- Criteria for patentability.A second set of concerns relates more specifically to the application of the criteria for patentability by patent offices. A general worry is that these criteria have been interpreted loosely in some jurisdictions in the context of DNA. There has been concern that DNA does not meet the requirement of an inventive step, given that the sequencing of DNA has become a highly automated and routine part of laboratory practice. Additionally, there has been concern regarding the granting of patents for sequences of limited or questionable utility. In the United States, this concern gave rise to the USPTO's 2001 guidelines on expressed sequence tags (ESTs), which tighten the specifications regarding what constitutes utility. Finally, some concerns relate to the traditional distinction between inventions and discoveries. This dichotomy typically amounts to a distinction between what exists "in nature", and what is the product of human labour, or at a minimum, human intervention. The invention/discovery dichotomy is principally relevant to the novelty standard of patentability. Patenting in biotechnology presents particular challenges to this distinction, because the subject matter in question consists of "natural" entities.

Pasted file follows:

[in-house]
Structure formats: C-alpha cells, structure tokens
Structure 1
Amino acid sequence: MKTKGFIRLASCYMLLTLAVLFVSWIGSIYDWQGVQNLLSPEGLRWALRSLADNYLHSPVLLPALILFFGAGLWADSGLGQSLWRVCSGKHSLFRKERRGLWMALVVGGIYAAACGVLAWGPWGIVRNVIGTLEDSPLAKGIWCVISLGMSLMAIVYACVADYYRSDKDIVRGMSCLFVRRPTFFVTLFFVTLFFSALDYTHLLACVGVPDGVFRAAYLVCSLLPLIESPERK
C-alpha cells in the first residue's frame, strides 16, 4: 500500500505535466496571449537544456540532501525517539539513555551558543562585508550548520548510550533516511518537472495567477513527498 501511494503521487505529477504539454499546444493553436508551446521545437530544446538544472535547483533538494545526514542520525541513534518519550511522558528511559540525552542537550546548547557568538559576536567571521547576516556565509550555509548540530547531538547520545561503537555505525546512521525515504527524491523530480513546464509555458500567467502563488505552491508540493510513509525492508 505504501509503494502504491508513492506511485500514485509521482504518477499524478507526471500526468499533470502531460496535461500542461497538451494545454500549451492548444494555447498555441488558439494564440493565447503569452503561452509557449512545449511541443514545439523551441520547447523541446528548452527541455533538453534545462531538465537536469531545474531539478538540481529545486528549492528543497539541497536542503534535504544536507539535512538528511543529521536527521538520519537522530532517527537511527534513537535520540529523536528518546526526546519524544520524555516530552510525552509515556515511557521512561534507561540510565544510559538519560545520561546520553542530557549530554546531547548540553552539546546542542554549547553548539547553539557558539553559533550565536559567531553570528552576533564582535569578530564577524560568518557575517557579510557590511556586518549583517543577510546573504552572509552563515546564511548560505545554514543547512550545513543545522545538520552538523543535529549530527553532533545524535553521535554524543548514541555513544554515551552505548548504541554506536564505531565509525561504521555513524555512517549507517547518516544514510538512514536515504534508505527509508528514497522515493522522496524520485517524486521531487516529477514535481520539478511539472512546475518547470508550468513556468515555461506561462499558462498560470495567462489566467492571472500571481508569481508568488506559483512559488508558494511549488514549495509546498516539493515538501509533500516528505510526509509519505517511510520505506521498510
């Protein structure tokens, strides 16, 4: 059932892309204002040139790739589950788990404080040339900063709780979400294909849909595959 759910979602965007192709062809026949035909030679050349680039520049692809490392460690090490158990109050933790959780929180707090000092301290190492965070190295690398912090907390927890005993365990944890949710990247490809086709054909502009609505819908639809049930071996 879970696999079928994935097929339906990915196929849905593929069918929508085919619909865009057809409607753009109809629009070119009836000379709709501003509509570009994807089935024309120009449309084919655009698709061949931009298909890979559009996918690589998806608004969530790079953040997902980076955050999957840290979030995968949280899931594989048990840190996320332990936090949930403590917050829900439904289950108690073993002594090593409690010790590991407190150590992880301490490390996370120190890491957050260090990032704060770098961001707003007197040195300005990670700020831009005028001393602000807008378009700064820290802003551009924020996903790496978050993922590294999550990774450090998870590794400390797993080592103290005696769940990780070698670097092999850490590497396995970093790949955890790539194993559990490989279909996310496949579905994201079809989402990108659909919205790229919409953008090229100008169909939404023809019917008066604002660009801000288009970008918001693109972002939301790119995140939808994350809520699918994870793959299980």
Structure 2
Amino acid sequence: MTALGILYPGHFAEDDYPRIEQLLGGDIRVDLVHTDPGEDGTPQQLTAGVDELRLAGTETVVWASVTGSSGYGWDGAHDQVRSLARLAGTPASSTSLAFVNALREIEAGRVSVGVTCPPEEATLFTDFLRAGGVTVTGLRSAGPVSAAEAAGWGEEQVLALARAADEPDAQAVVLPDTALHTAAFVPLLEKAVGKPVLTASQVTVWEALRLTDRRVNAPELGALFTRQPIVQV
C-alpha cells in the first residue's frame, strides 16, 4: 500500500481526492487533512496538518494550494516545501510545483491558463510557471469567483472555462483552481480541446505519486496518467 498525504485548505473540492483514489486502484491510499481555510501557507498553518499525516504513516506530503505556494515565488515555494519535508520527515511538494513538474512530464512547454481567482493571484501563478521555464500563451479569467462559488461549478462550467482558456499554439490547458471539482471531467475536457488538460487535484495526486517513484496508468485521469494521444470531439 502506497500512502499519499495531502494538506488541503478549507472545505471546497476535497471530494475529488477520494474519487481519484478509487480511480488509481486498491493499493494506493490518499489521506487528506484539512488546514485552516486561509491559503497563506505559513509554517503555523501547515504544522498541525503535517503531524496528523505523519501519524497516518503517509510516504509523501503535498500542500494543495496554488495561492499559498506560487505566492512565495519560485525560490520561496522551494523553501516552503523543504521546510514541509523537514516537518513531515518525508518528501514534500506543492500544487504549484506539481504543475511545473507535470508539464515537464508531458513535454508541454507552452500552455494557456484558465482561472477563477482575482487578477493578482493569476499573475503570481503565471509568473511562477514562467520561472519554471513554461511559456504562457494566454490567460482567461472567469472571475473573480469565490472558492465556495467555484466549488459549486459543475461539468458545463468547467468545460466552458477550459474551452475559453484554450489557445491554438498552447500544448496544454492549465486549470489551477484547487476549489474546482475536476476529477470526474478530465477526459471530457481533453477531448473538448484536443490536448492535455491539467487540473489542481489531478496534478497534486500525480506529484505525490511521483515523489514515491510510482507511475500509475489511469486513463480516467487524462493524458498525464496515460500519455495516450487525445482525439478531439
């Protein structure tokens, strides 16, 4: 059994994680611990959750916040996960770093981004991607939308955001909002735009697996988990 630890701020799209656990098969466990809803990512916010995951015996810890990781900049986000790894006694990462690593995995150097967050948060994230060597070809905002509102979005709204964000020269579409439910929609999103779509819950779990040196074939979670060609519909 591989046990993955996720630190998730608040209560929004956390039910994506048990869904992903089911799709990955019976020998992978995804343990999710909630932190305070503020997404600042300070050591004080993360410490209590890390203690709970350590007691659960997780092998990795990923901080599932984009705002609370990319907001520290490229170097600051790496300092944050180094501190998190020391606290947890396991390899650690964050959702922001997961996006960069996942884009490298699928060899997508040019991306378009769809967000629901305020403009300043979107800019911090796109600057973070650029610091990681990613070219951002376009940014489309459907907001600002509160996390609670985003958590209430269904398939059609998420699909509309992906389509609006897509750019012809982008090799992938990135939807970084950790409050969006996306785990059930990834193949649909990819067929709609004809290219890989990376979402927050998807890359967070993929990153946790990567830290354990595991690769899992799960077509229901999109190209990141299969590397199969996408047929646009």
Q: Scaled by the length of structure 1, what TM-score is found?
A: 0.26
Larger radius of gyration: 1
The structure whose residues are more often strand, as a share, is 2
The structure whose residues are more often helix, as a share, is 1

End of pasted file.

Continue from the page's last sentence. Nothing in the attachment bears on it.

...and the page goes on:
DNA patents may improve incentives to develop useful products. The patent system is designed to encourage innovation, by encouraging the investment of time, creativity and capital necessary to bring about socially useful technological advances. However, firms have little incentive to invest in diseases that affect poor populations, because the local market is unlikely to offer high financial gains for the products of research. In this context, patents do hinder access, but fail to provide incentive for relevant research and development.